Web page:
Monday, 21 December 2020

Double Sky Cat!

About four years ago, I got my hands on a Sky Cat. Or, to give it its full name, a "Sky Cat RCWI Parawing Stunter Kite". 

Dating from the 1980s, it's easy to dismiss it as just another Peter Powell clone, but it's definitely not a complete copy. First of all, it doesn't have a cross spar, just a spine and leading edges. Secondly, the frame is much more flexible than that of a Peter Powell. You may think that increased flexibility will make it a rather flimsy kite to fly, the opposite is actually true. It flies very smoothly, the flexible frame absorbing variations in wind speed, needs minimal input, and doesn't oversteer nearly as much as many other dual-line diamond kites of that period.


The Sky Cat does come with a narrow ribbon to tie to the spine and use as tail, but it certainly doesn't need it for stabilising purposes. Without tail, it flies as smoothly as with it.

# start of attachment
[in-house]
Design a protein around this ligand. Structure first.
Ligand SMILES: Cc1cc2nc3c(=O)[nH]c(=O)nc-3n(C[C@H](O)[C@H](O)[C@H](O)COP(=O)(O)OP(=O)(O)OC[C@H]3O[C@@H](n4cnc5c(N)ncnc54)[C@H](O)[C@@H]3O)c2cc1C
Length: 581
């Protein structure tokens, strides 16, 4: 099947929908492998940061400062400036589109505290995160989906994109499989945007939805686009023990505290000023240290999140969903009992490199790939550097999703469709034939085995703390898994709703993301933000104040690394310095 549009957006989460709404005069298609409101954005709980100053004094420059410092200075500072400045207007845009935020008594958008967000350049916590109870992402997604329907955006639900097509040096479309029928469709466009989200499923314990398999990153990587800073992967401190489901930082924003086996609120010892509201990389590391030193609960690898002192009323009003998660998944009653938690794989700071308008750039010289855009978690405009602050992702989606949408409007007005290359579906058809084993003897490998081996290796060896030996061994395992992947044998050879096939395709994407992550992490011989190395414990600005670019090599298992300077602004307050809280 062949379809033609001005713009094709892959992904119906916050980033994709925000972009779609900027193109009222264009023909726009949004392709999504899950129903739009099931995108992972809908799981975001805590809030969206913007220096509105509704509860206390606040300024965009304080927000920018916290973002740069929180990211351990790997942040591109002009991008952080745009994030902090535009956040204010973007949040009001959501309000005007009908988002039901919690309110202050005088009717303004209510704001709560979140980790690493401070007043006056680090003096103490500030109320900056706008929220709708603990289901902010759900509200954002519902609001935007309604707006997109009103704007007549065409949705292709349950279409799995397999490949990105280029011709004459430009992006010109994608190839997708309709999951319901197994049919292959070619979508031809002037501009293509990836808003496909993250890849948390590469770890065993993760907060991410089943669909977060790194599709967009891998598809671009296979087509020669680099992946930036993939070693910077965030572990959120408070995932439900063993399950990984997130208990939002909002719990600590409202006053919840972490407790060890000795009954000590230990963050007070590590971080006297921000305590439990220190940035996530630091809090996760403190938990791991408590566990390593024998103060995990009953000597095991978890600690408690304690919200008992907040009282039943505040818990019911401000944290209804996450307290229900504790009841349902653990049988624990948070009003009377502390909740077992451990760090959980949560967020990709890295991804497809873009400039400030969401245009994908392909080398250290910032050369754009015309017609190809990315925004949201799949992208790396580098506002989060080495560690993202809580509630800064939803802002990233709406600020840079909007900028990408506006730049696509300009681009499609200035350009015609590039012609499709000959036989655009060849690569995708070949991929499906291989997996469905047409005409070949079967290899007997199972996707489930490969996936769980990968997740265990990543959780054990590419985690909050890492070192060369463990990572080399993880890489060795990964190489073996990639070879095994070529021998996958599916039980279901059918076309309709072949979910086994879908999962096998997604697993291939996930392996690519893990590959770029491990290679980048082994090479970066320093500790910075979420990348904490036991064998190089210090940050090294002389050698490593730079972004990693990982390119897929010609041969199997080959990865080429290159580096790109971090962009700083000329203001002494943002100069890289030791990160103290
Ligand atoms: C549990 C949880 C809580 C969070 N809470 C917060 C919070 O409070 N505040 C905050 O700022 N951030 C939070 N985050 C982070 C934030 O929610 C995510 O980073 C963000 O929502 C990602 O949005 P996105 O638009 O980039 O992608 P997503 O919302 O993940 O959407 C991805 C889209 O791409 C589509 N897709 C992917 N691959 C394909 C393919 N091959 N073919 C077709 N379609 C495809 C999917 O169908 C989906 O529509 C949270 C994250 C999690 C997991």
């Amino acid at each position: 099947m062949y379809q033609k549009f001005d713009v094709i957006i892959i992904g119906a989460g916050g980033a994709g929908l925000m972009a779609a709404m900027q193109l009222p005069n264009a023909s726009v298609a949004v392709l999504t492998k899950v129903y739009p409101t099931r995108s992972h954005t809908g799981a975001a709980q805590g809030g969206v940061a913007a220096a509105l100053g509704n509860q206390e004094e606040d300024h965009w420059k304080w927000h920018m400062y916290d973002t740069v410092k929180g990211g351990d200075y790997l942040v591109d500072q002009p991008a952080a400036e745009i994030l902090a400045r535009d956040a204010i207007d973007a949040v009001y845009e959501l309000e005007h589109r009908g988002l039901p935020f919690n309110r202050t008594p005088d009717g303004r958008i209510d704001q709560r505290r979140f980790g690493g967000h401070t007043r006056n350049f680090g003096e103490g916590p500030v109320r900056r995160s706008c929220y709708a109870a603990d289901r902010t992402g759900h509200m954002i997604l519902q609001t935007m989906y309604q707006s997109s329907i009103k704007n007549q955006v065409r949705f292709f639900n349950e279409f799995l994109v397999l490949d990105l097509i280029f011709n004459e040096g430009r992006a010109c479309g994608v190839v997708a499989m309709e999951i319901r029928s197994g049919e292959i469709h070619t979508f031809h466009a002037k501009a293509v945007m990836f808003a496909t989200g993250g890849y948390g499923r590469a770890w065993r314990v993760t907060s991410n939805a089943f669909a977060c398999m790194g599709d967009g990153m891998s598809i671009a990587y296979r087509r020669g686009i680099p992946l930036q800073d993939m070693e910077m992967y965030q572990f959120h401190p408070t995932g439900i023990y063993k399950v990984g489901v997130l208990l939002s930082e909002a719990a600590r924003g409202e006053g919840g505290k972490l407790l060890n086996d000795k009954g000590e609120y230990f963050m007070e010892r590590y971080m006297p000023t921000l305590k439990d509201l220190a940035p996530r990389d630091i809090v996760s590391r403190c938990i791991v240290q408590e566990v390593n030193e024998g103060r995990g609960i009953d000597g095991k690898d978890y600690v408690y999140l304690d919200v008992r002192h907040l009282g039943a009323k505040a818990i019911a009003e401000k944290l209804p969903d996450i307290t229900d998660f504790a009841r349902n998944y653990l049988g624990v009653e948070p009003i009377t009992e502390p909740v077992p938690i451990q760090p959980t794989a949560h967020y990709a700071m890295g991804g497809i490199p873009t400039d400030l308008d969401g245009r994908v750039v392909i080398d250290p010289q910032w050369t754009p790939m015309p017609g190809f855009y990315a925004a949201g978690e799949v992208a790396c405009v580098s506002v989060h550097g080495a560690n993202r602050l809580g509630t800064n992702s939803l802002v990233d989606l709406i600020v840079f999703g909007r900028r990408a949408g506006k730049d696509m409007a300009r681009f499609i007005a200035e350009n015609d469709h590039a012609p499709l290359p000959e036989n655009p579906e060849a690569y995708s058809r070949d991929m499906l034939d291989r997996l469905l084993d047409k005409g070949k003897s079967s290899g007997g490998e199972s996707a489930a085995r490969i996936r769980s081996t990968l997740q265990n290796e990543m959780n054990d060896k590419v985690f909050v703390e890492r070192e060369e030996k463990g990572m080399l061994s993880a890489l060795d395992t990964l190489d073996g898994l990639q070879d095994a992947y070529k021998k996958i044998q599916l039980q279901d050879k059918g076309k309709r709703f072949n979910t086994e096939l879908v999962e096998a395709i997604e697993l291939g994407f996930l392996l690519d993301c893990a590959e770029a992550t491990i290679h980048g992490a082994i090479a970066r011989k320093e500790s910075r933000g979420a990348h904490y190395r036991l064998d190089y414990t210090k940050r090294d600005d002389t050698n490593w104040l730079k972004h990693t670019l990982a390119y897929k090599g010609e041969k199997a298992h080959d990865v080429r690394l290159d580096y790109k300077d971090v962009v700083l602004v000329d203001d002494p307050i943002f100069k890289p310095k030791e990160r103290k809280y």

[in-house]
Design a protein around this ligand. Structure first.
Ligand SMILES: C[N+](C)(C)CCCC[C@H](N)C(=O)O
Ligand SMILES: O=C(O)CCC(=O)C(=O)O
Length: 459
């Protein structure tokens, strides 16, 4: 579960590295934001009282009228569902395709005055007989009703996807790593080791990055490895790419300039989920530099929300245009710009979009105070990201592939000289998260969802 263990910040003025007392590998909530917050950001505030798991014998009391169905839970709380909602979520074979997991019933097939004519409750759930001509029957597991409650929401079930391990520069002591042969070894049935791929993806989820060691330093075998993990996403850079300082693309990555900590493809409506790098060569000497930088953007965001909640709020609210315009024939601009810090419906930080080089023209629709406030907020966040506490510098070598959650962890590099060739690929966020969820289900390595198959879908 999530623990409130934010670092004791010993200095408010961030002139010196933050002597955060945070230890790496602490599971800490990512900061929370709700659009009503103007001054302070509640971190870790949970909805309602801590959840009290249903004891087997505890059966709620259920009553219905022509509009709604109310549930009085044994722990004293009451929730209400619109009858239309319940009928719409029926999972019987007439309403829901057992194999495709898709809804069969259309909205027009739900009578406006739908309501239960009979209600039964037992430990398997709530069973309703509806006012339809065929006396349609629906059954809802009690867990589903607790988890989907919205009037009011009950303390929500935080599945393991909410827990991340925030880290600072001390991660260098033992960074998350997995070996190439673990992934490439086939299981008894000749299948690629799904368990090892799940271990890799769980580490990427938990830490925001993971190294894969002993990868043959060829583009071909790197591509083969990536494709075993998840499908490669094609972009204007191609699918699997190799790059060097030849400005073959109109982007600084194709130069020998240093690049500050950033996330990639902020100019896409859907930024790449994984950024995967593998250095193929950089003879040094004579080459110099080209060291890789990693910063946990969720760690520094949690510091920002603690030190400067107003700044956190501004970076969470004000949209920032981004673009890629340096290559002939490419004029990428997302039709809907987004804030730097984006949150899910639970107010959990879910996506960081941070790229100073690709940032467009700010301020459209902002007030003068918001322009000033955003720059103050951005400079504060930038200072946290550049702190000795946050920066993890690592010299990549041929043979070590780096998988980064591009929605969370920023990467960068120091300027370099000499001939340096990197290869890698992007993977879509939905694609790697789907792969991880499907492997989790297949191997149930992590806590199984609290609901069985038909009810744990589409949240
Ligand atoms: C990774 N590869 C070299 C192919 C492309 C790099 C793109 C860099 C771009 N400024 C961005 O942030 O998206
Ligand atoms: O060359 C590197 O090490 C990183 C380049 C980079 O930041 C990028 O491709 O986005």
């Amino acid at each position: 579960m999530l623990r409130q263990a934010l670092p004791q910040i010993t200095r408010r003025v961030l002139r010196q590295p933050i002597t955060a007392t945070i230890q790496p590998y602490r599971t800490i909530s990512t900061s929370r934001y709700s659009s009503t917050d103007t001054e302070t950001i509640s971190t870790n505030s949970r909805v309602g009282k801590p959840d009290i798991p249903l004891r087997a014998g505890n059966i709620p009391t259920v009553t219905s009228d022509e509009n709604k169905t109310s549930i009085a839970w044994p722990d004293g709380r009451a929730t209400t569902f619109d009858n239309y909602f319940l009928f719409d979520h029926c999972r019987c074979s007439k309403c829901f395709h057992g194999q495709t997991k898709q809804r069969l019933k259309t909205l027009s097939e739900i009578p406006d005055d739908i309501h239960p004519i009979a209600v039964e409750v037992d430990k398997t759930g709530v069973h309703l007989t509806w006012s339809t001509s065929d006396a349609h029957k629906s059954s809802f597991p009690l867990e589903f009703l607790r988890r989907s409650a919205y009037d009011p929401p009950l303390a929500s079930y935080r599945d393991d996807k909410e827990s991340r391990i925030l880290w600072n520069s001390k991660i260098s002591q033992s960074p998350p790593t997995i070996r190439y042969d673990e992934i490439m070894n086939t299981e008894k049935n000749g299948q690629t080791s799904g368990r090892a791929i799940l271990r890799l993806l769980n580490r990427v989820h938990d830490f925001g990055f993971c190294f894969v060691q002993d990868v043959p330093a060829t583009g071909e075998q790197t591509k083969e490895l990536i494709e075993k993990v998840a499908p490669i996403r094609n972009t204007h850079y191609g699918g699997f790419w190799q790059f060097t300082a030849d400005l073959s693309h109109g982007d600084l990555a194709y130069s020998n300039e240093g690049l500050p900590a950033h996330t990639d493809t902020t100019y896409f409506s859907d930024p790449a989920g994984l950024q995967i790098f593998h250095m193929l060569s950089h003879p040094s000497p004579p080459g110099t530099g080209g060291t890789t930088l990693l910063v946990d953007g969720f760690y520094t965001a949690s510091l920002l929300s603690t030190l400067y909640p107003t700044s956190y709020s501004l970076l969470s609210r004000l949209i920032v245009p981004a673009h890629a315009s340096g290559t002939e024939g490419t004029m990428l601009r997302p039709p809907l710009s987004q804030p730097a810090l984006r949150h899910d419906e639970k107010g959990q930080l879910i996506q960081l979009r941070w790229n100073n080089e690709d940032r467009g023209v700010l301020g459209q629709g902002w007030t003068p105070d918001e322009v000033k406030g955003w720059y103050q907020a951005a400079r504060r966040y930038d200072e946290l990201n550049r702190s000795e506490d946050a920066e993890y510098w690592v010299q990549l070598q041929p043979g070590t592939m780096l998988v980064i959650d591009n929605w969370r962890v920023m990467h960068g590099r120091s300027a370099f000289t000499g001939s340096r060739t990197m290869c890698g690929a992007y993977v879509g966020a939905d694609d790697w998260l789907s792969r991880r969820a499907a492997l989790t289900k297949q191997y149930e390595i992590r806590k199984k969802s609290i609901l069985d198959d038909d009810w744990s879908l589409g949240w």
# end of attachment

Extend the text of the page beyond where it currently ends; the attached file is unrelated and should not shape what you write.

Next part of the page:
Fast forward by almost four years, and another Sky Cat popped up in eBay, with a princely starting bid of £8; I was the only bidder .... 


This one didn't come with its tail, but as the kite really doesn't need one, I didn't bother trying to find a matching ribbon.


Second Sky Cat showed the same smooth flight characteristics as its sibling.


Next step is pretty obvious, isn't it? Fly them together! And it will probably not have escaped you that the sails of the two kites are each other's mirror images: blue with a yellow 'butt', and yellow with a blue 'butt'.


They flew very well together, speeds completely equal (which is good, as the bridle isn't easily adjustable), and generally matched in terms of flight characteristics.



Sky Cats are obviously not kites we'll ever use in competition, but to have a bit of fun with after a practice session, they're a really nice addition to our quiver of paired vintage kites!


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